WINSTED — The 2019-2020 school year was a school year unlike any in Northwestern Regional High School’s history, and this fact was emphasized at the school’s graduation ceremony on Thursday, June 11.
For years the ceremony was held at The Warner Theater in Torrington.
However, due to the Covid-19 pandemic, the ceremony was held outside at the school.
Graduating seniors were all in cars and each one had to wait inside of their car before being instructed to come on stage to get their diploma.
Almost all of the speeches were pre-recorded on video and played on an HDTV screen at the ceremony, along with the playing of the National Anthem which was created via individual recordings of students singing and playing musical instruments.
“This ceremony is going to be different, but it’s going to be special and memorable,” Principal Kenneth Chichester said at the beginning of the ceremony. “This is what life is all about: building memories.”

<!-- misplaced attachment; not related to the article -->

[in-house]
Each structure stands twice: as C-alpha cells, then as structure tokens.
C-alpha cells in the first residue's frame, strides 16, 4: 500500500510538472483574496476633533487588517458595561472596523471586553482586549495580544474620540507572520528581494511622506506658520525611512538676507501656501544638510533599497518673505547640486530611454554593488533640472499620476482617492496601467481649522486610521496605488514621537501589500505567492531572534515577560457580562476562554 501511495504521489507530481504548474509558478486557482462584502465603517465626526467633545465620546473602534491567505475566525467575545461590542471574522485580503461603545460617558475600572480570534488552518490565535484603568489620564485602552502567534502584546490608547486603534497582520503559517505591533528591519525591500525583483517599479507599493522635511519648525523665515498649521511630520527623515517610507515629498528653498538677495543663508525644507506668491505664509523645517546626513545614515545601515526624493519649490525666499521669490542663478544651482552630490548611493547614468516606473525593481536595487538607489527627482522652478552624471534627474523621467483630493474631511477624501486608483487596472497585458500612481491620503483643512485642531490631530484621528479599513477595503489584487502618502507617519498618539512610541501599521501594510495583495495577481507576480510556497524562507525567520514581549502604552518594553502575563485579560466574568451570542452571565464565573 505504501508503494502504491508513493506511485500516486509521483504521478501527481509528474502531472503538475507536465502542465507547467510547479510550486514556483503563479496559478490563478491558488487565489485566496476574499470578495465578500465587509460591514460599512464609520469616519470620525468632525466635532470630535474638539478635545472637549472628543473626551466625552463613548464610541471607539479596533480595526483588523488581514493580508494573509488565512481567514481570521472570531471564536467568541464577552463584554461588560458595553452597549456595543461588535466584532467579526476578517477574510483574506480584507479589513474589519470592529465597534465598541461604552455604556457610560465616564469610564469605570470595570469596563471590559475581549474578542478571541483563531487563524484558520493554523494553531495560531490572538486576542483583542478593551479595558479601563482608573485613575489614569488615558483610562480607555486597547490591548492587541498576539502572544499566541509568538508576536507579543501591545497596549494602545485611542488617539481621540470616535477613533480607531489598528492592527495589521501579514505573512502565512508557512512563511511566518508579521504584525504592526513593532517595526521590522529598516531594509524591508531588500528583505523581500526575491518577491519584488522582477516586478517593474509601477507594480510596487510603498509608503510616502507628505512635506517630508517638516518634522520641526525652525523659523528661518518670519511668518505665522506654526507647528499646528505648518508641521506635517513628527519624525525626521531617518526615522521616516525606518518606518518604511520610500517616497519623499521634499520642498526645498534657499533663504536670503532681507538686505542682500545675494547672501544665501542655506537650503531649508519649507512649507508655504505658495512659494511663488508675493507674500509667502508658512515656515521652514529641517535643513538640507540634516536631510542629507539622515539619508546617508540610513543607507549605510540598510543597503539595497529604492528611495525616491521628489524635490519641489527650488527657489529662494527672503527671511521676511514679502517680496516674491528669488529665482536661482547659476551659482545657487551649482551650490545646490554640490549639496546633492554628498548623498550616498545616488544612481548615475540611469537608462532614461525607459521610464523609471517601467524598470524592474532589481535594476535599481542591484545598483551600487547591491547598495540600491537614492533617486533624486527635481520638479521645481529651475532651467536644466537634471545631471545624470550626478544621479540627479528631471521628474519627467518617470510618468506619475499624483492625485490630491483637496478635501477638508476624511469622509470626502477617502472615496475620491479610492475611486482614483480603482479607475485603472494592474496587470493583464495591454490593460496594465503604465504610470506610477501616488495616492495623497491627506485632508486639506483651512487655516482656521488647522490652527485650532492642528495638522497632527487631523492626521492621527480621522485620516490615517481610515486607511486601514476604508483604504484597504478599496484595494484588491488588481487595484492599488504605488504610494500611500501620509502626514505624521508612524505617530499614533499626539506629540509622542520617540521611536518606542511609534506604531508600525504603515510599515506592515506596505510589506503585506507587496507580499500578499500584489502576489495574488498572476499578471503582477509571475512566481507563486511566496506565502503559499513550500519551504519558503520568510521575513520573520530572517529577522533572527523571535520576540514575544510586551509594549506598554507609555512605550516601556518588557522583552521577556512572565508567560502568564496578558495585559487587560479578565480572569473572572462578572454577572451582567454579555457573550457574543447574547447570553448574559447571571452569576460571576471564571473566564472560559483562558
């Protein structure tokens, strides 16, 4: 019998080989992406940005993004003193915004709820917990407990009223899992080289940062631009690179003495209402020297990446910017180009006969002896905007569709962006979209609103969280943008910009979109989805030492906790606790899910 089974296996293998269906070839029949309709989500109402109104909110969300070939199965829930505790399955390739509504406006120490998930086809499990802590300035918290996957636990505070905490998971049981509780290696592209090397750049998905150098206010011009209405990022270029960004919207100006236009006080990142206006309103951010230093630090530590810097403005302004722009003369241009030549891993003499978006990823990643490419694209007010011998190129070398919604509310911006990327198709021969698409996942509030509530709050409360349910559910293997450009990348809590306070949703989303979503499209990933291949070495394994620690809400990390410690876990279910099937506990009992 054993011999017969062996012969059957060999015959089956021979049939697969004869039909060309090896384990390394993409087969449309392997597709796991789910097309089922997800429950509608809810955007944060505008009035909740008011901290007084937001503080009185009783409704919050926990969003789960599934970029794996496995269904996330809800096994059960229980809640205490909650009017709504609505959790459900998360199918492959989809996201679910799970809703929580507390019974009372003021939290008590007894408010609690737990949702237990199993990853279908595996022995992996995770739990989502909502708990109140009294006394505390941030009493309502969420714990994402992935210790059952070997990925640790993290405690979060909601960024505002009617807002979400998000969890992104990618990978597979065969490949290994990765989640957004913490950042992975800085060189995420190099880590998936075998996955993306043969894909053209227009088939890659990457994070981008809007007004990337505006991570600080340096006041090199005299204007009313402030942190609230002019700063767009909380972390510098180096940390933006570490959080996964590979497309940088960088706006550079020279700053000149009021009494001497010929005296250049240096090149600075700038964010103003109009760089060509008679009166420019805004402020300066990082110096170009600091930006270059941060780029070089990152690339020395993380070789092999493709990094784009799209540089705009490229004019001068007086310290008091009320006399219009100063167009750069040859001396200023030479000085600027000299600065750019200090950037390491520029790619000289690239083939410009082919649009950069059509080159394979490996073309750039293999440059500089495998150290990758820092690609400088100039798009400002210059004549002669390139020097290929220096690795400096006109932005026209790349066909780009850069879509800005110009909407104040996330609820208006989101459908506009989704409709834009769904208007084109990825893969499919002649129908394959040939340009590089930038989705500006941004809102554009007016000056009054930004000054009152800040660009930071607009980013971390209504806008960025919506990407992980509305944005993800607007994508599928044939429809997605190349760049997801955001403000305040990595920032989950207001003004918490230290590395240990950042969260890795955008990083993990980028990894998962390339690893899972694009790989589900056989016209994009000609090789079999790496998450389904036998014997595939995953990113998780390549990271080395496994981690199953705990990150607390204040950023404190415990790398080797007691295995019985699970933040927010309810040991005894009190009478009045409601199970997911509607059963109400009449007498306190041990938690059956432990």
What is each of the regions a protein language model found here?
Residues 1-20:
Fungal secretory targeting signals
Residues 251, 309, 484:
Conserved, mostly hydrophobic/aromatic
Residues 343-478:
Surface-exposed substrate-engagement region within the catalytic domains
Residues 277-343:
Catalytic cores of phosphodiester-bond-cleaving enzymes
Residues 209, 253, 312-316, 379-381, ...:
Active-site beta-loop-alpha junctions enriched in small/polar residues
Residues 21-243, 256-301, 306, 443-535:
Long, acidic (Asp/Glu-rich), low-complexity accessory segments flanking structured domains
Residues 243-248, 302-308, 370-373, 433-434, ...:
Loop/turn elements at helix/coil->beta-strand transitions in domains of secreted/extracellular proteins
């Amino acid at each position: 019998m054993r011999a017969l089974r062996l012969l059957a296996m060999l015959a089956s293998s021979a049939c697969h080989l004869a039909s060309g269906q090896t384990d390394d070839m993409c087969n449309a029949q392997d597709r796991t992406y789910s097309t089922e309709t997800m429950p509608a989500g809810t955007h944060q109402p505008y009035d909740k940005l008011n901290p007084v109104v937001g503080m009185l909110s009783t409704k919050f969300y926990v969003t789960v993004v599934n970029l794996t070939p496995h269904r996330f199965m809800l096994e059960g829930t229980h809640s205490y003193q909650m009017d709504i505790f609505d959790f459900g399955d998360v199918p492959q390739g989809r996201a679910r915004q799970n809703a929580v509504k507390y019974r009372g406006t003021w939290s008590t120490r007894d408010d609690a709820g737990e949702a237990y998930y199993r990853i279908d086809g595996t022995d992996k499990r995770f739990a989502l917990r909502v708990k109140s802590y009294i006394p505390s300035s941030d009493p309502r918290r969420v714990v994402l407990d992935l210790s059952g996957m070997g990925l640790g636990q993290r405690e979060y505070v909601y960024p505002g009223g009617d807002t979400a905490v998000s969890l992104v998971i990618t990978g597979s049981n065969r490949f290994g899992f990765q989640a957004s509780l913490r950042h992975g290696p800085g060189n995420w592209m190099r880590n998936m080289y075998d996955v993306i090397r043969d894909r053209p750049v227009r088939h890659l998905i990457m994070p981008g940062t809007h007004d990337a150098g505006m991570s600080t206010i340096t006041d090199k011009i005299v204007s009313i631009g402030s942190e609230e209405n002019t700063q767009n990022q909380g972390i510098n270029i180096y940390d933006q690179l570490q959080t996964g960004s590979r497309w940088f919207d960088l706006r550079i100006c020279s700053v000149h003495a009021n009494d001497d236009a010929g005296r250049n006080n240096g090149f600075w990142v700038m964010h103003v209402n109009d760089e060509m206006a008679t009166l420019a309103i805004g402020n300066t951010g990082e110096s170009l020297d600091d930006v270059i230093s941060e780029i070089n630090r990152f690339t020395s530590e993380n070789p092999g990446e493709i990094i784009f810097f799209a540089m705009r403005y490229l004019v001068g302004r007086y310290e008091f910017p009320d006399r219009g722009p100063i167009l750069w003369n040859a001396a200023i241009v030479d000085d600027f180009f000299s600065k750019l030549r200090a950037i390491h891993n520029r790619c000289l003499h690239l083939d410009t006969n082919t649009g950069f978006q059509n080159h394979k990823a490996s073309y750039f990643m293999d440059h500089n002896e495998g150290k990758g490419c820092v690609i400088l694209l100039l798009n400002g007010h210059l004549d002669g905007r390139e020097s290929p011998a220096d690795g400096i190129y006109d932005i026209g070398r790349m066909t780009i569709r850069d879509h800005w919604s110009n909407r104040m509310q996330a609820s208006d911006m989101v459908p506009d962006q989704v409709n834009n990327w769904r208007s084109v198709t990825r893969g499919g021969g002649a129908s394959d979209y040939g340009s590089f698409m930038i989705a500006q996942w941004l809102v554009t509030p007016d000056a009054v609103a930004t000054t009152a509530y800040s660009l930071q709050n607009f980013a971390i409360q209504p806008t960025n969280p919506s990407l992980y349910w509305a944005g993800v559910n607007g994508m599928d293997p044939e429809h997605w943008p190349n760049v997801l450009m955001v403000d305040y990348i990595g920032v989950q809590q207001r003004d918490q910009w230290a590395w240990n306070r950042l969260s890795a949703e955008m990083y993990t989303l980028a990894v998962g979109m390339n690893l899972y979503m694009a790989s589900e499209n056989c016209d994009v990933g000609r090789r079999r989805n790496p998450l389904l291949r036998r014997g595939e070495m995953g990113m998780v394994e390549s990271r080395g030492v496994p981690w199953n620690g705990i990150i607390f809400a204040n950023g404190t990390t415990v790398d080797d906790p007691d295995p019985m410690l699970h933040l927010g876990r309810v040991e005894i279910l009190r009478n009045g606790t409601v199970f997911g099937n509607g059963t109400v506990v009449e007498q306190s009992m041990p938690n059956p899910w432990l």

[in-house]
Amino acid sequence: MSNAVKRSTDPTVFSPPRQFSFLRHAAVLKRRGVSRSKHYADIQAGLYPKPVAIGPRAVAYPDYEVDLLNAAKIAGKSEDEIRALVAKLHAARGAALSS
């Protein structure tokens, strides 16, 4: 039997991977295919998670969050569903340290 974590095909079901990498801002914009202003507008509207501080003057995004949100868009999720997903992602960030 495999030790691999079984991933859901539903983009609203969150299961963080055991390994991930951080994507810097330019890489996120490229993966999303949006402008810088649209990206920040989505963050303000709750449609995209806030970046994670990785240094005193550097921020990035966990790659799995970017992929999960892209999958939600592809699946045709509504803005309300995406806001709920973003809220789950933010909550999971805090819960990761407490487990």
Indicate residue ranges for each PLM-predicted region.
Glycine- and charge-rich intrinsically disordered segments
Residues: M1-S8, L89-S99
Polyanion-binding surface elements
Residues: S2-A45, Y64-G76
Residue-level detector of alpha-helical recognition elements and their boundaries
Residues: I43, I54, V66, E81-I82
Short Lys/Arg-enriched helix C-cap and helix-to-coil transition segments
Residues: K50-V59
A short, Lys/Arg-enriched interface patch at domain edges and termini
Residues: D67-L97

In his pre-recorded speech, Chichester spoke about the class of 2020, along with parents, teachers, and staff, all rising to challenges during the pandemic.
“Parents and students in our school community have made masks, shields, and gowns all to provide the PPE (Personal Protective Equipment) so desperately needed to keep our medical workers safe,” Chichester said. “We have also seen our school community step up to help people find food and other resources to help people survive until things turn around. We have seen our teachers put together a distance learning program that usually takes six months to a year of planning in less than a week. We have seen our students rise to the challenge of doing the best they can while becoming accustomed to online learning.”
Chichester told the seniors that the class of 2020 will forever be known as the class that made history.
“There is not another graduating class from Northwestern that has ever had to face these particular set of challenges,” he said. “The last time school students had to face widespread school closures that were even close to this was in 1918 during the flu pandemic. But look at where you are. Not even Covid-19 could prevent you from graduating.”